By Kitty Block and Sara Amundson | HSUS
Some really good news from a federal courtroom on a fight we’ve long been waging for horses: Last month the U.S. Court of Appeals for the District of Columbia Circuit ruled that the United States Department of Agriculture had unlawfully withdrawn a 2017 rule designed to fix the agency’s weak regulations that have allowed horse soring to persist within the Tennessee walking horse industry. Along with several individual plaintiffs, we filed a lawsuit that challenged the USDA’s withdrawal of the rule, which had been finalized and publicized by the agency, and we prevailed.
For many decades, humane organizations have been trying to root out soring—the intentional infliction of pain on a horse’s legs or hooves to force the animal to perform an artificial, exaggerated high stepping gait. But it’s been difficult to achieve, despite hard-hitting investigations and exposés, a damning audit by the agency’s own Inspector General, sweeping bipartisan support for strong legislation in the U.S. Congress for about a decade, and the pressure we and others have brought to bear on the USDA and its enforcement of the Horse Protection Act of 1970. That law and the agency’s regulations under it contain loopholes that have allowed dishonest parties within the walking horse community to continue soring horses while chasing ribbons at shows and competitions—loopholes that must be closed if we are to realize the intended purposes of the Act and finally shut down soring.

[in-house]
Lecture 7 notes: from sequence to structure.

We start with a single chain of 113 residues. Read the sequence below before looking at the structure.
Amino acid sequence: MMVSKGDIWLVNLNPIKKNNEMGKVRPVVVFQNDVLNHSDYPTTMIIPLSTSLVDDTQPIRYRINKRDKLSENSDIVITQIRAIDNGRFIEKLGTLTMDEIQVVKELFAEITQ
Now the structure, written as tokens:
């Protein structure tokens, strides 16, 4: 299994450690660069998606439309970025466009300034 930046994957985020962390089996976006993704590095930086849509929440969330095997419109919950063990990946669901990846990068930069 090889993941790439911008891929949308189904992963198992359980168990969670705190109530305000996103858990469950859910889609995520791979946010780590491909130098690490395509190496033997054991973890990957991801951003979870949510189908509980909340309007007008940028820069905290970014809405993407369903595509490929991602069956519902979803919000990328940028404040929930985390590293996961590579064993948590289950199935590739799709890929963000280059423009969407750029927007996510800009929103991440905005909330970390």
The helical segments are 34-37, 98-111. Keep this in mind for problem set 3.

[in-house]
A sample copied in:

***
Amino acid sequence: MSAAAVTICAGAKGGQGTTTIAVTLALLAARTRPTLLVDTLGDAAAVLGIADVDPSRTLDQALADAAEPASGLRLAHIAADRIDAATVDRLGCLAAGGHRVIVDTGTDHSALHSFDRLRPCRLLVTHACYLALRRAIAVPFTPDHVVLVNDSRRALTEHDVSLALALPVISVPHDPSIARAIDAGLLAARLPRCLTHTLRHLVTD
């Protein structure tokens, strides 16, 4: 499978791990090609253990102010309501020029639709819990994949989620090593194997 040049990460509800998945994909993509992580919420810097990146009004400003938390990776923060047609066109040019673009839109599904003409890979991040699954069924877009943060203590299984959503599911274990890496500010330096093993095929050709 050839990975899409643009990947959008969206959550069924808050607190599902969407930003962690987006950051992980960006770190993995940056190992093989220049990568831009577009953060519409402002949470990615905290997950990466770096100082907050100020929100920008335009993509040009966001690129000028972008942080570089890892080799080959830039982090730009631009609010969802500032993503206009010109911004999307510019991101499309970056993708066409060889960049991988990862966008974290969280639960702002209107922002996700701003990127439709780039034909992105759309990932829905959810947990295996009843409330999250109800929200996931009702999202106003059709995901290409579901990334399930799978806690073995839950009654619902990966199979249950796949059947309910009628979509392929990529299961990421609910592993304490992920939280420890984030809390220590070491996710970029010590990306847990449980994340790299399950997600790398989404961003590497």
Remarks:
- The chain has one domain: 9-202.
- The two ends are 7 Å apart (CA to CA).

We believed our own efforts to strengthen those regulations had succeeded when, in the last weeks of the Obama administration, the USDA announced a final rule to upgrade its enforcement protocols under the Horse Protection Act. The 2017 rule featured important changes to protect horses in the Tennessee walking and racking horse breeds from soring, including a ban on the use of “stacks” (heavy platform shoes), chains and other cruel and painful devices and practices intended to produce the showring gait called the “Big Lick.”
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